UK mobile network operator Vodafone has called for an end to Google's dominance of the internet search advertising market and accused the firm of wanting to reduce network operators to "dumb pipes".
In a speech at Mobile World Congress in Barcelona, Vodafone chief executive Vittorio Colao called on policymakers to consider whether action was needed to tackle Google's dominance.
He said policymakers should consider how to ensure consumer choice and avoid concentration of market power "before it is too late".
Colao also said Vodafone should have the right to charge content owners who want to distribute bandwidth-hungry material over its network, such as Google's YouTube video service.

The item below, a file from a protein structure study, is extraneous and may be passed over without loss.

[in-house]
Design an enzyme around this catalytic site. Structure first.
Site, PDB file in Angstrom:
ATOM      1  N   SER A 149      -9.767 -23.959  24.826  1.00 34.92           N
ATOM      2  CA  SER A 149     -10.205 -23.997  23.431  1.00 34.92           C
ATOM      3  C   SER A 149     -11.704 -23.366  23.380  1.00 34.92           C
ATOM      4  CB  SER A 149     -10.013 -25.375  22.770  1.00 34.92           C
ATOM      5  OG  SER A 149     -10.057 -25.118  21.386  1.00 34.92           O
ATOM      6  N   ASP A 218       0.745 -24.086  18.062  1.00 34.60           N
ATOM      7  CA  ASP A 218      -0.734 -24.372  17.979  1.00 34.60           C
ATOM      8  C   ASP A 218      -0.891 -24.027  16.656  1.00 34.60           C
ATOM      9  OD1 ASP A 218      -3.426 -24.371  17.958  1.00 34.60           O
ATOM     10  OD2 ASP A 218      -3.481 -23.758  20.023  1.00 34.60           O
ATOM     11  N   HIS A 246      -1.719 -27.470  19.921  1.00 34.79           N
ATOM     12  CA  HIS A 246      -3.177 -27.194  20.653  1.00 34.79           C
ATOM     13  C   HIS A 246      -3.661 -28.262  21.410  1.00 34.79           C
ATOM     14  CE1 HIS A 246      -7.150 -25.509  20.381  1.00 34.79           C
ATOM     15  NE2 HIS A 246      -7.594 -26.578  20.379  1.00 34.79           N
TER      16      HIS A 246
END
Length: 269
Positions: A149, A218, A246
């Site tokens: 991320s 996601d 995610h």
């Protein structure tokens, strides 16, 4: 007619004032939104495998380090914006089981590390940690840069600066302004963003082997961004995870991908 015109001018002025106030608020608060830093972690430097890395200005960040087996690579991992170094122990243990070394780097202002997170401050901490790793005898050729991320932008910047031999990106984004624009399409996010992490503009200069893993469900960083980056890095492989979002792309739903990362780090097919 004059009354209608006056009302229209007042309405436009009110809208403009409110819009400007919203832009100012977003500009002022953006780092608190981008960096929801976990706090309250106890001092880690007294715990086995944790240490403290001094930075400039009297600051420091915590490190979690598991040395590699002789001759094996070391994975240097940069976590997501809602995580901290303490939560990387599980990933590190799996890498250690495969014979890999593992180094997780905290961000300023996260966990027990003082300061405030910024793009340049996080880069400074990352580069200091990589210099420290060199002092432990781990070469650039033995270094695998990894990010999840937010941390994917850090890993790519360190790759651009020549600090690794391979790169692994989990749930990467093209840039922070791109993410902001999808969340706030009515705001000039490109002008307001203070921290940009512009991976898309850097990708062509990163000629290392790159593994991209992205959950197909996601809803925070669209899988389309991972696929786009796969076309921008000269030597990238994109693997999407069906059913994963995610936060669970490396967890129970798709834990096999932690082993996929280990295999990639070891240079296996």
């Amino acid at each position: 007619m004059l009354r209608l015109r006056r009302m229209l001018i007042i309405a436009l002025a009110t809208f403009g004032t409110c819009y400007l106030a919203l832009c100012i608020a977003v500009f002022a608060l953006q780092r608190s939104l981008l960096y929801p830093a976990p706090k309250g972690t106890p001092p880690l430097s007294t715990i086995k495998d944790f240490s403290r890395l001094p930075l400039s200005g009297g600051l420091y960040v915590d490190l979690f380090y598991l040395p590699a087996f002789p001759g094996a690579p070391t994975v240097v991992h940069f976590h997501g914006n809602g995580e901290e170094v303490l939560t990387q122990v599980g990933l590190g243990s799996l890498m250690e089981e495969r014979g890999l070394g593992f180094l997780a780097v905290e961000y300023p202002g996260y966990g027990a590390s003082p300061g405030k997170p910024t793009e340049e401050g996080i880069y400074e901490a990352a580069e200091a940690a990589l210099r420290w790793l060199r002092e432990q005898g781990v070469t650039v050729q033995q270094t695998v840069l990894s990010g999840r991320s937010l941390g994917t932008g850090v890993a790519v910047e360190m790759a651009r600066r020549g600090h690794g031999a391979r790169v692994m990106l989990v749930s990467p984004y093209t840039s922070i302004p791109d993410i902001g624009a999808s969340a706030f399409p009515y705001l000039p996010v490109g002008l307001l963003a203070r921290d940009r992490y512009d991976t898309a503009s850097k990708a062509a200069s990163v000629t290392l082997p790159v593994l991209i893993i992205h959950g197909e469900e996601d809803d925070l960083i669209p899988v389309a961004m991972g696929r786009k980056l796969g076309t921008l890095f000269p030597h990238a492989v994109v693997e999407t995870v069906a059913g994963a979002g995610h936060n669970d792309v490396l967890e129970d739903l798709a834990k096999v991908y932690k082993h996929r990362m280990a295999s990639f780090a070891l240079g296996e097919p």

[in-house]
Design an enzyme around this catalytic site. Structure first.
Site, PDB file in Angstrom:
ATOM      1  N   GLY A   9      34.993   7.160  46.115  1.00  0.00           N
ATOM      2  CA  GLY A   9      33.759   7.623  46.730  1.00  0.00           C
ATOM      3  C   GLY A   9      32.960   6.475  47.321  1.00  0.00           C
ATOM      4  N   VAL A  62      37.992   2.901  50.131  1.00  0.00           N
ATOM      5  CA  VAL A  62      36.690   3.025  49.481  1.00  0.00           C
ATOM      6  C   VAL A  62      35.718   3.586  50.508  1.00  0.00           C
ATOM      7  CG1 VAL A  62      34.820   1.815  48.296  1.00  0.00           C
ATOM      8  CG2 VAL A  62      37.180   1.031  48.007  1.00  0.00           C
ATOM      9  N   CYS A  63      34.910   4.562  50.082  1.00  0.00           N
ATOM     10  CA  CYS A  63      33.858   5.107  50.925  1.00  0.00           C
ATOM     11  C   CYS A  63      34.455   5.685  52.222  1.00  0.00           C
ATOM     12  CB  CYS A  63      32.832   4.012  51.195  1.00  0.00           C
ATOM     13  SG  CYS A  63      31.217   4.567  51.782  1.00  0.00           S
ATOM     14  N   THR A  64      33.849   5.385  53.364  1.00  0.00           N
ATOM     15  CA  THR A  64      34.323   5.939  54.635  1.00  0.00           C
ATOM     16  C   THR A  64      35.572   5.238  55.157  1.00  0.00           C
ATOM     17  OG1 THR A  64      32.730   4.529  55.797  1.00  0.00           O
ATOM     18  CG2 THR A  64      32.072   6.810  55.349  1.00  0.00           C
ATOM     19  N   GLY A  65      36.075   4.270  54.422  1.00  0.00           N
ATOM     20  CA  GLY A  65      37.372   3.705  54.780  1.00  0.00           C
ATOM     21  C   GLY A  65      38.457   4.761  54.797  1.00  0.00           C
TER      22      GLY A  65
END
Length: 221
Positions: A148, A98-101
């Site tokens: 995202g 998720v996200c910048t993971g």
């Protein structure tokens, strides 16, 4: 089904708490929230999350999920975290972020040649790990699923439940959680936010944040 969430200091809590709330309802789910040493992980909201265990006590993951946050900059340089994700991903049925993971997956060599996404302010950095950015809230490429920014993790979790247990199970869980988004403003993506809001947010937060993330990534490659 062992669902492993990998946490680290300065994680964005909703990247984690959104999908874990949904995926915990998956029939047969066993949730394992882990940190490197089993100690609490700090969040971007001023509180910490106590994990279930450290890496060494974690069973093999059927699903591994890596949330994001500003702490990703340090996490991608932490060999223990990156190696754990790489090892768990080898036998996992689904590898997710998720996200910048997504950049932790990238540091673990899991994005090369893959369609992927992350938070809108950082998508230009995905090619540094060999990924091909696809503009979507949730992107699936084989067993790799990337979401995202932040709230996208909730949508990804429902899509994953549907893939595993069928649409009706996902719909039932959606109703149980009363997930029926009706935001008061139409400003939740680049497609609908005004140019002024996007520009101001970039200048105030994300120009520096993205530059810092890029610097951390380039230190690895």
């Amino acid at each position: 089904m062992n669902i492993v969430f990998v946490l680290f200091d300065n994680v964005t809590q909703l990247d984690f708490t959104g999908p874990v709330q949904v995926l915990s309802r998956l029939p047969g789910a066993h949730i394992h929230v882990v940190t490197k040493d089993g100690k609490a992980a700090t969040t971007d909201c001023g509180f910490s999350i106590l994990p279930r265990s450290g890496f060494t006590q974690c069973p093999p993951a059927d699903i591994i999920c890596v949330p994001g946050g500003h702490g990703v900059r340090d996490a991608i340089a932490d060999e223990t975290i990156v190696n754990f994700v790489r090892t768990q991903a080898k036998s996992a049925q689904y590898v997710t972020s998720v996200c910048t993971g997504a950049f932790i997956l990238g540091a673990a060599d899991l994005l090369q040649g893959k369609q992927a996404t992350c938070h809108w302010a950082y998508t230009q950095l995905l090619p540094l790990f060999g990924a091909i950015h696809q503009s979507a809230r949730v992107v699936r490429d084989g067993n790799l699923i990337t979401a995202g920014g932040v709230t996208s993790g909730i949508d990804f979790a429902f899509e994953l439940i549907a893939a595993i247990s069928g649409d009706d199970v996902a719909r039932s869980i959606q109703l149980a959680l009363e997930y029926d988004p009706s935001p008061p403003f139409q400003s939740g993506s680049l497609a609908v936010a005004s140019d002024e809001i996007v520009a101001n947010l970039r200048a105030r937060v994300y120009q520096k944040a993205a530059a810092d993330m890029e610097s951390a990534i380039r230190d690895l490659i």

Speaking later in the day in Barcelona, Google chief executive Eric Schmidt tried to present Google as a friend of network operators, according to the Financial Times.
Google depends on the successful businesses of the operators globally, said Schmidt, and is not trying to turn the operators into a dumb pipe.
"Quite the contrary. We need advanced, efficient networks," he said.
Schmidt also used the speech to quash speculation that Google plans to become a network operator after the company announced it is to run trials of ultra-high-speed broadband networks in the US.
The experimental high-speed networks will provide broadband connectivity at one gigabit per second - 100 times faster than current US broadband connections.
"Our goal is to experiment with new ways to help make internet access better and faster for everyone," said Google product managers Minnie Ingersoll and James Kelly.